Sunday, Feb 25, 2018 | Last Update : 05:23 AM IST
Passionate and enthusiastic football fan clubs in India are rooting for their respective teams.
Passionate and enthusiastic football fan clubs in India are rooting for their respective teams and ardently spreading football fervour in a cricket-obsessed nation.
They’re incredibly passionate, high on enthusiasm and making discernable efforts to spread football fervour and fan culture in a country that’s known for being cricket-obsessed. From Delhi Dynamos’ avid fans to Kerala Blasters FC’s adoring aficionados, meet the football fan clubs that are intensely rooting for their respective teams and spreading the buzz around Indian football during the fourth edition of the Indian Super League (ISL).
West Block Blues, Bengaluru FC
A devoted football uprising
These dedicated supporters of Bengaluru FC are known for their hatke banners, multi-lingual chants and creating a fan culture in a city that’s now getting a taste of what it’s like to have a devoted football uprising. Vijay RB, a CA Student and West Block Blue member, reveals, “We were basically a small group of fans who chanted and got together during BFC’s first season. We decided to give an identity to our raucous group in its second year.” As for the ISL, the Blues Faithful have planned a lot on the social media front. “We’ve released new videos inviting people to come watch the games. Also, it’s not just about Bengaluru anymore. We represent Karnataka now and hence, are including more Kannada chants and Karnataka flags in our match-day rituals. We have people coming from other cities of the state showing their support for BFC,” reveals Vijay, adding, “We were one of the first groups to have synchronised chanting, which was considered an alien concept for Indian football followers back then. In 2015, we also started making gigantic banners.” BFC skipper Sunil Chhetri and his men have often stated that they derive inspiration from the fans’ voices. “What stands out for us is the increasing involvement of women and youngsters in our activities,” adds Vijay.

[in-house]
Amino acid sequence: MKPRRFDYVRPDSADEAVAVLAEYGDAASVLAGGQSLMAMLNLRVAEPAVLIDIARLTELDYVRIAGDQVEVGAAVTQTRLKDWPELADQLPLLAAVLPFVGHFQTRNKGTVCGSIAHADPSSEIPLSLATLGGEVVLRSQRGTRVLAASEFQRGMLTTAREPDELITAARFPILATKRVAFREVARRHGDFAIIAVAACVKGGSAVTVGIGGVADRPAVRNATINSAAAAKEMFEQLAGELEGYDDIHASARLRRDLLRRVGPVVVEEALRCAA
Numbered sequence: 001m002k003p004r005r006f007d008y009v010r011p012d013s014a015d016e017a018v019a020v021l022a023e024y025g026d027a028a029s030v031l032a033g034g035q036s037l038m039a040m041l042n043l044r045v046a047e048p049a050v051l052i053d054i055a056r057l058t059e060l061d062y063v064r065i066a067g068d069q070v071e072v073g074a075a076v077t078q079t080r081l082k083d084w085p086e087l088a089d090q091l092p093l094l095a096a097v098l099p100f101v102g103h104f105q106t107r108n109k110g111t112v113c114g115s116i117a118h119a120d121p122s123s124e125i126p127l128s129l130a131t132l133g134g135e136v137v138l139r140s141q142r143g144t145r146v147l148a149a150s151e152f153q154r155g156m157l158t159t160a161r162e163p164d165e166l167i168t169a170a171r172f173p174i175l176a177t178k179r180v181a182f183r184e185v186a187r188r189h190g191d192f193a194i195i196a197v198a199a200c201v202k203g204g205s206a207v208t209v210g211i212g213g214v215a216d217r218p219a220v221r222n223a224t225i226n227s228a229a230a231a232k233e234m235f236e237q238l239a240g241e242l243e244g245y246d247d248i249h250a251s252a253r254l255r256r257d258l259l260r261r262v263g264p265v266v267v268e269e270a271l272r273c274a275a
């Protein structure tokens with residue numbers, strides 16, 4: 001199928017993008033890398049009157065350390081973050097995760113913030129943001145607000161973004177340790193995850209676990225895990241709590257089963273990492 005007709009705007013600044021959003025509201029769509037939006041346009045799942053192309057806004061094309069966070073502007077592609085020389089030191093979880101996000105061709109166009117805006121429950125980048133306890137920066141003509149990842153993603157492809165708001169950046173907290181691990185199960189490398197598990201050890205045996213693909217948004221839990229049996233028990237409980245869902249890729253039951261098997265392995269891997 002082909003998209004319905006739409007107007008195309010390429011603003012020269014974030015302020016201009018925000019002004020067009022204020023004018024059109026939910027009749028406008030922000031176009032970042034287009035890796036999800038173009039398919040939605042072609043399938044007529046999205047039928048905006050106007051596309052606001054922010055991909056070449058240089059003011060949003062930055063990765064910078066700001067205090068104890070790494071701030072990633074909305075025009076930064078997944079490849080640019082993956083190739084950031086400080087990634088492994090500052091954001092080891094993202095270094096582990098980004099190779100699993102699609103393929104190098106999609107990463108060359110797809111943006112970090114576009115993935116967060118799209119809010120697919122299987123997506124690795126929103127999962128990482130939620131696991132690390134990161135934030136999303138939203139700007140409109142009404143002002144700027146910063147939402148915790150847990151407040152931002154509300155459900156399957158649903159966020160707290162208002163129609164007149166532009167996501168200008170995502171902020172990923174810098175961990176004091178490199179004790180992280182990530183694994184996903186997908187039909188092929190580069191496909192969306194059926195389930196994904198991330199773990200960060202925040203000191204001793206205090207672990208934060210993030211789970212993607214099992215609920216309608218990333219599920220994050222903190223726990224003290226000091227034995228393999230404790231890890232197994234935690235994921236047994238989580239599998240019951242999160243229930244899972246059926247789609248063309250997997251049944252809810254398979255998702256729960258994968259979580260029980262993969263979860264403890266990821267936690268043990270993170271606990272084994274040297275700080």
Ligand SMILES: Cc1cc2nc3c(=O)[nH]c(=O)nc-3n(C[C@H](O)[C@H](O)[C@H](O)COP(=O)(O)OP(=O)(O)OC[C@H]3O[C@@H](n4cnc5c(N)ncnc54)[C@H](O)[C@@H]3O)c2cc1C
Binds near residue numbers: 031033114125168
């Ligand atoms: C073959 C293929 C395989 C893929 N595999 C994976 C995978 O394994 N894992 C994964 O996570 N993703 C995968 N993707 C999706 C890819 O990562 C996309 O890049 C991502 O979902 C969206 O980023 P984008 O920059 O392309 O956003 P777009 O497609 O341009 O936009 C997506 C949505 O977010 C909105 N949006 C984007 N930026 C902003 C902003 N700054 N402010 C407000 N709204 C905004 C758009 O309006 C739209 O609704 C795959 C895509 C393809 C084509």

Soccer meets social causes
These spirited footie fanatics who root for Chennaiyin FC began their journey in 2014 when two avid fans Naga Chaitanya and Josh Peters got together with other regulars and formed a group. From being complete strangers to becoming co-fans of Chennai’s football team, these fans are now 500 in number and their Facebook page has more than 11,000 followers. Called Supermachans, the group has numerous on season and off season activities. “We dedicate our time to social causes like coastal cleanups and planting trees at an orphanage. At the same time, we spread awareness about football and Chennaiyin FC and bring people to watch matches,” says Jenisha Rani, a core member of Supermachans. The group even organised a free football free styling session. “During the ISL, we have big banners, unique chants and we march till the main gate till the team enters. Every season, we do a flash mob at a mall. We want to show other cities that Chennai too has a football culture. We also head to the airport to receive our players even if it’s in the middle of the night,” says Jenisha, who adds that the supporters include people of all age groups.
Orange Army, FC Pune City
Army that arose from online group
A group of football enthusiasts were playing a Twitter war for FC Pune City back in 2014. What started off as an online interaction led to the formation of a Whatsapp group of 20 fans. “Later, more football buffs across the city joined in and we’re now 1000-plus active football fans in various Orange Army Whatsapp groups. We’re growing in number and trying to spread the word about football,” says the core member team of the Orange Army.
From meeting and greeting players of the FC to having bike rides from the club’s hotel to the stadium after every home match, Pune FC’s followers conduct a range of exciting activities. “We have match day screenings for away matches, chant together and have Viking claps to cheer our players. We’ve planned to attend away matches at Mumbai, Goa and Bengaluru. We’re one of the largest away match travelling fan clubs in India,” they reveal. The club also has its own football team that takes part in the local football tournament. “We’re working closely with club management to discuss the growth and development of the youth academy that FC Pune City has. We have direct access to club management and officials,” they add.
Manjappada, Kerala Blasters FC
A sea of bright yellow